Common Symptoms of Gaslighting

Gaslighting can lead to anxiety, sadness, and other mental health issues, including addiction and suicidal thoughts. You may experience the following symptoms.

  • You question your feelings and reality, attempting to persuade yourself that the treatment you are receiving is not as awful as it appears or that you are overly sensitive.
  • You begin to doubt your own judgement and perceptions: You're hesitant to speak up or express your feelings. You've discovered that expressing your viewpoint typically makes you feel worse in the end, so you choose to remain silent.
  • You're nervous and vulnerable: You frequently feel like you're "walking on eggshells" around your partner, friend, or family member. You're also tense and low on self-esteem.
  • You feel isolated and powerless, sure that everyone around you thinks you're "weird," "crazy," or "unstable," just as the person gaslighting you claims. You'll feel stuck and alone as a result of this.
  • You're dissatisfied with yourself and the person you've become: For example, you may feel weak and passive, despite the fact that you used to be stronger and more assertive.
  • You're concerned that you're overly sensitive since the person says things like "I was just joking" or "you need thicker skin."
  • You spend a lot of time apologising: You feel compelled to apologise for everything you do or who you are all of the time.
  • You're self-conscious: You never feel like you're "good enough." You make an effort to meet others' expectations and requests, even if they are unjustified.
  • You're doubtful of yourself: You regularly doubt your ability to recall specific things from the past. For fear of being wrong, you may have given up trying to share what you remember.
  • You assume others are disappointed in you: You constantly apologise for what you do or who you are, assuming that you have disappointed others or made a mistake.
  • You're curious as to what's wrong with you: if there's something essentially wrong with you. In other words, you are concerned that you are mentally ill.
  • You have trouble making judgments because you doubt yourself: You'd prefer to delegate decision-making to your partner, a friend, or a family member than make them yourself.

                        What to do If you're being gaslighted

There are several things you may do to protect yourself if you are being gaslighted in a relationship.  You can only avoid gaslighting if you fully comprehend what it is.

It's important to remember that gaslighting isn't about you. It's all about the gaslighter's need for power and control. The gaslighter is frequently an insecure individual. They need to feel superior in order to feel "equal." They need to believe they have the upper hand in order to feel protected. They don't have many alternative coping skills or strategies to deal with disagreements. That doesn't make the behaviour acceptable. However, knowing this may help you take it less personally while you consider whether or not to keep the relationship going.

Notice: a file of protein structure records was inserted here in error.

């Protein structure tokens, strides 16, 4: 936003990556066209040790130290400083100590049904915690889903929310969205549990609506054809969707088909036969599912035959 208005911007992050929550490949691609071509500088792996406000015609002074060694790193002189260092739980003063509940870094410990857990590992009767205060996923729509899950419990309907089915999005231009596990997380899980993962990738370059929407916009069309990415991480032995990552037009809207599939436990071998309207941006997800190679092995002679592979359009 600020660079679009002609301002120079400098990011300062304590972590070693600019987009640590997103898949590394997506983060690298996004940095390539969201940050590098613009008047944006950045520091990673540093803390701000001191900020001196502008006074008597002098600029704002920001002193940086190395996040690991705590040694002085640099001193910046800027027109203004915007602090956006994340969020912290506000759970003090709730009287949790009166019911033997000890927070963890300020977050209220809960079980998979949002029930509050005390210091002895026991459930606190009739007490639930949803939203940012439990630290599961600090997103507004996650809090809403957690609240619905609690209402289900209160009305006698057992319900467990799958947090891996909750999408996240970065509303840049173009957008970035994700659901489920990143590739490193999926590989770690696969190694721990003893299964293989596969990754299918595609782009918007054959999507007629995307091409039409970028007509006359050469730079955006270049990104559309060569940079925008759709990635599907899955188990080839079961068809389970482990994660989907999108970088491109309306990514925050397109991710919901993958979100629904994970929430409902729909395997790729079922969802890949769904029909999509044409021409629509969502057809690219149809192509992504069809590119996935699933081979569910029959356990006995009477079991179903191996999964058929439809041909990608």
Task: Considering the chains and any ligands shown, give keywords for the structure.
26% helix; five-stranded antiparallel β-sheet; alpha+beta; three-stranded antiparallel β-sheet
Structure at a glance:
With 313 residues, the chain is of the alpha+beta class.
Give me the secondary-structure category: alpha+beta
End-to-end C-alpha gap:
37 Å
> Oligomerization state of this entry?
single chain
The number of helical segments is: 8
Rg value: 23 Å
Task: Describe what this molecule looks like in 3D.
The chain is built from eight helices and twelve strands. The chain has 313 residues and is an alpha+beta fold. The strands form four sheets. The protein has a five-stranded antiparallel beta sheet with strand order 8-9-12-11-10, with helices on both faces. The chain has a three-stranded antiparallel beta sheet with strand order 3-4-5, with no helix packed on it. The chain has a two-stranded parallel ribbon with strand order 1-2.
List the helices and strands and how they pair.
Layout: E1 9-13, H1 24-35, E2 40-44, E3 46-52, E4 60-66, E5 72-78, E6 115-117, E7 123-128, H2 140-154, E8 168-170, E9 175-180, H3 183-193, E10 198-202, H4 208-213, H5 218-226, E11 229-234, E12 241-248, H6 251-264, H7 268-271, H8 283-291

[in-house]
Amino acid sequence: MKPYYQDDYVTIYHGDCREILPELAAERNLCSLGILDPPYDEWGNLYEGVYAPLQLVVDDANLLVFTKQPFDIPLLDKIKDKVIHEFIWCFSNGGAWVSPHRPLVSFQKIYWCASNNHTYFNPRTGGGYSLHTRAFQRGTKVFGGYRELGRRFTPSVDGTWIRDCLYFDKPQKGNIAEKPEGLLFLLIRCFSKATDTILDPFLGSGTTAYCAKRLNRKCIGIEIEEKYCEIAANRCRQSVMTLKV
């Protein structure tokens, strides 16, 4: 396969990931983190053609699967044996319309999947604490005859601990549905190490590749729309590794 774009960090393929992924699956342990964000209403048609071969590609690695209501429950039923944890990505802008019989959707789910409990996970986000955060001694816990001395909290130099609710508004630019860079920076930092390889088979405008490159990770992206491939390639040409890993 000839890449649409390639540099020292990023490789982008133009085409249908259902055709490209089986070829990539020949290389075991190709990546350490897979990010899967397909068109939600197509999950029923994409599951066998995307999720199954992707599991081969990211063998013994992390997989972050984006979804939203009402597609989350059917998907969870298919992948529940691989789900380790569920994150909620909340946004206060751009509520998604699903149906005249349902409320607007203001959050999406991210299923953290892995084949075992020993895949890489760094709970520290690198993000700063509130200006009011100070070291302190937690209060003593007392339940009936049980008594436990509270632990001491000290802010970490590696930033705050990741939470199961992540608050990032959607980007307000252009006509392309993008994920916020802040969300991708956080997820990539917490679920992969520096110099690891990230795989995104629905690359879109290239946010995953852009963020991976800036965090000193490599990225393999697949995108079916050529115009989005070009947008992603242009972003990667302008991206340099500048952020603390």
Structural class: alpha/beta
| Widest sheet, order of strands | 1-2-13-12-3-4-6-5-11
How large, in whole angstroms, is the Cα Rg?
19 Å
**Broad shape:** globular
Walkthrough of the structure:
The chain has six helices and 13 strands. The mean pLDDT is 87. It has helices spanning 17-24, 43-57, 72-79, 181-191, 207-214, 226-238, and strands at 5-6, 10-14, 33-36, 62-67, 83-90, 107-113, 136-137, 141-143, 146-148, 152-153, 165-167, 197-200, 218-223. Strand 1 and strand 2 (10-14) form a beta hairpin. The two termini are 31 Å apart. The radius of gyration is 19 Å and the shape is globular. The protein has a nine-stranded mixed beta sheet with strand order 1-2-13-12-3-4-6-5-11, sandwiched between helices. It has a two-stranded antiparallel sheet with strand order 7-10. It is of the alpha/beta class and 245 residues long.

You won't be able to change the gaslighter on your own. The only method gaslighters know to govern their surroundings is to engage in gaslighting behaviour. As a result, they are unlikely to respond to reasonable requests for change.

Consider whether the relationship is worth enduring continual attempts to undermine your self-esteem. Start seeking new employment if the gaslighter is your employer or supervisor. Consider how to establish some distance between you and the person if they are a family member or a friend. If it's a significant other, you'll almost certainly need to insist on a couple's counselling if you want to keep the relationship alive.

Create your own network of support. Other people in your life who can vouch for your actuality and worth are necessary. In order to maintain control, gaslighters frequently try to isolate their victims. They frequently tell their victims that they are the only person who truly loves and understands them, which further manipulates them. Don't fall for it. Spend time with family and friends. Talk to other people who saw what the gaslighter is questioning to see if your perceptions are correct.

Work on regaining your self-confidence. Regardless of the gaslighter's opinion, remind yourself that you are a loveable and capable person. Remind yourself of other times in your life when you felt grounded, sane, and generally good about yourself to help you regain perspective. If you recognise any of these indicators of gaslighting, you should get professional help as soon as possible.

You can learn how to make healthy choices and create boundaries with the person who participates in gaslighting through counselling. Finally, let us understand that Mindfulness is the key to solving such situations.